13-18 May 2018
Casino Conference Centre
Europe/Prague timezone

New applications of the hot compressed water method for the chemistry of the nuclear fuel cycle

17 May 2018, 13:30
Marble Hall (Casino Conference Centre)

Marble Hall

Casino Conference Centre

Reitenbergerova 4/95, Mariánské Lázně, Czech Republic
Invited Chemistry of Nuclear Fuel Cycle, Radiochemical Problems in Nuclear Waste Management NFC 5


Dr Karin Popa (European Commission Joint Research Centre (JRC))


The hot compressed water (HCW) is a remarkable reaction medium. In the nuclear field, the HCW method has been successfully applied in chemical synthesis and separations, nuclear waste treatment, studies of accelerated corrosion of cladding materials, etc. Moreover, the supercritical water (SCW) reactor is a concept of GenIV reactors under consideration.
We have employed the HCW (here pressured water above 120 oC) method in chemical reactions relevant to the nuclear fuels production. Thus, we have proved for the first time that the hydrothermal attack of the An(IV)-oxalates take place under HCW, with formation of AnO2 (An= Th, U, Np, Pu) nanocrystals (NC’s). This new synthetic method is uncomplicated, fast, versatile, close to quantitative, and reproducible. With respect of other hydrothermally methods employing organic solvents, this one presents the advantage that the decomposition path does not lead to residual carbon impurities which can be absorbed to the NC’s surface. But the main achievement consists in the destructuring of the plates-like agglomerates specific to the oxalate-to-oxide thermal conversion, with direct effect on the sintering behavior of the NC’s. Even extremely effective in the case of the actinides, the hydrothermal decomposition of cerium oxalate does not lead to the desired reaction product.
It was shown that HCW supports water elimination from molecules such us carbohydrates and alcohols. Very intriguing, on have found that also Ce(IV), Th(IV) and U(IV) hydroxides dehydrates under HCW, forming even smaller correspondent NC's than compared with the hydrothermal decomposition of the oxalates. Thus, we have proposed the hydrothermal decomposition of Ce(IV)-hydroxide at temperatures above 120 oC as an effective method to manufacture CeO2 NC’s. Moreover, the method proved to be successful for the production of (U,Ce)O2 noncrystalline solid solution.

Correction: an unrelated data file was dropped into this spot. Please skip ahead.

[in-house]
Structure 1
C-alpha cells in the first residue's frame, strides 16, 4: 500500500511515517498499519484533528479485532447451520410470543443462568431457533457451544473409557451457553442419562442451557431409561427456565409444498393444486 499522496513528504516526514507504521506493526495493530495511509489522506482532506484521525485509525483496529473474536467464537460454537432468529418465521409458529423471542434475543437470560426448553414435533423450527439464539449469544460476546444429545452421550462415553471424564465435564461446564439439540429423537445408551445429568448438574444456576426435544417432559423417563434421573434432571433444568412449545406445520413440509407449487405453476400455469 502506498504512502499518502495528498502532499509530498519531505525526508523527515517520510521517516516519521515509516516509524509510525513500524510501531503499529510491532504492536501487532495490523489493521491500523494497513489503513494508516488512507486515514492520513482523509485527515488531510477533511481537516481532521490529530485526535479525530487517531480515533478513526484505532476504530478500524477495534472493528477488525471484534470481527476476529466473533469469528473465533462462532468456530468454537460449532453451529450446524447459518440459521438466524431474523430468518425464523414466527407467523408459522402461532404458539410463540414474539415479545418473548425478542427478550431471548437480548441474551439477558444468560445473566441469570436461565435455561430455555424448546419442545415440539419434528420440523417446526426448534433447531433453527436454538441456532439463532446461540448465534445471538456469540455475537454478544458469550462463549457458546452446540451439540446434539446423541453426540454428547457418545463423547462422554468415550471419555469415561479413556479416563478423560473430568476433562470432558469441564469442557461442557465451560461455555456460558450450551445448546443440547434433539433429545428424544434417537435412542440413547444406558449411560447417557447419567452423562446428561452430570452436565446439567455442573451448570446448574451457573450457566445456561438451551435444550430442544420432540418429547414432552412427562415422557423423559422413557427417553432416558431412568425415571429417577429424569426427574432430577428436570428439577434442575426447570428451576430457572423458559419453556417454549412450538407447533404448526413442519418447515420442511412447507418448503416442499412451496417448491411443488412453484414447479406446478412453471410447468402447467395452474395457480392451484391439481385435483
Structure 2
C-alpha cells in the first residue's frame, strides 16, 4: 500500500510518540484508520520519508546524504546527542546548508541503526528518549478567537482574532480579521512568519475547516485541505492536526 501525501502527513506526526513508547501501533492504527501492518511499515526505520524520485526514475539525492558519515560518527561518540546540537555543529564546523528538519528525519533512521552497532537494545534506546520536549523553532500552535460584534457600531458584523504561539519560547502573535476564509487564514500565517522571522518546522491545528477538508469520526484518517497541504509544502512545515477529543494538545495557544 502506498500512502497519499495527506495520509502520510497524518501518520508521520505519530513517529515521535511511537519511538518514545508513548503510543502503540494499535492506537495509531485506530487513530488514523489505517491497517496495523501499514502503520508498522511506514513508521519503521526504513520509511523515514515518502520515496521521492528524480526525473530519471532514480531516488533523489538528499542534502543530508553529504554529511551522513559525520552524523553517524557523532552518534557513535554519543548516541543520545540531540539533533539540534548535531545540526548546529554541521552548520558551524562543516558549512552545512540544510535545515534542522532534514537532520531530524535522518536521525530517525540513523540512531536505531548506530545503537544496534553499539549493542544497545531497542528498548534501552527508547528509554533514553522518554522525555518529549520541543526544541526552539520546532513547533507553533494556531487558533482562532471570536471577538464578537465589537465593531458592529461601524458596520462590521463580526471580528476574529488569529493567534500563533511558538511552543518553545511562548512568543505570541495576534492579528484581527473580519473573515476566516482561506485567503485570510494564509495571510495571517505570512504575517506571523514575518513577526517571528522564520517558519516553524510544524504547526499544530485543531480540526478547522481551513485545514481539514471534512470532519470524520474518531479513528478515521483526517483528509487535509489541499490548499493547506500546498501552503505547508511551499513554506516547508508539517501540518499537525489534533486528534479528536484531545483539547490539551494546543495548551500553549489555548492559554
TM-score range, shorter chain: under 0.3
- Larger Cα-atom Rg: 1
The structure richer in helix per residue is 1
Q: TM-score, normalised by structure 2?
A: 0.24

For the synthesis of the uranium and thorium carbides, we are currently developing a method of reacting U(VI), U(IV) and Th(IV) with different dicarboxylic acids, and subsequent decomposition of the formed complexes under inert/ reducing atmosphere.
Safety assessment for a lead-bismuth eutectic cooled reactor requires detailed knowledge of potential Pb,Bi/ MOX interaction products that could form in the event of a pin breach. Investigations on the phase relation in the Bi-U-O ternary system have shown that the formation of Bi2UO6 is likely under mild thermal conditions. Beside the classical reaction in solid state, we have also synthesized this phase by reacting different components under HCW.
In the field of radioactive and nuclear wastes, remediation of uranium contaminated waters by using magnetite and zero-valent iron particles is a well-established treatment method. We have shown that magnetite NC's may form by the decomposition of a number of inorganic compounds under SCW conditions. Presently we are studying the reductive incorporation of uranium in the magnetite structure concurrently with the decomposition reaction under HCW.
Mineral-like hydrated phosphates (relevant for the dissolution of the phosphate based ceramic waste forms) could be also obtained by using this method.

Primary author

Dr Karin Popa (European Commission Joint Research Centre (JRC))


Dr Olaf Walter (European Commission Joint Research Centre (JRC))

Presentation Materials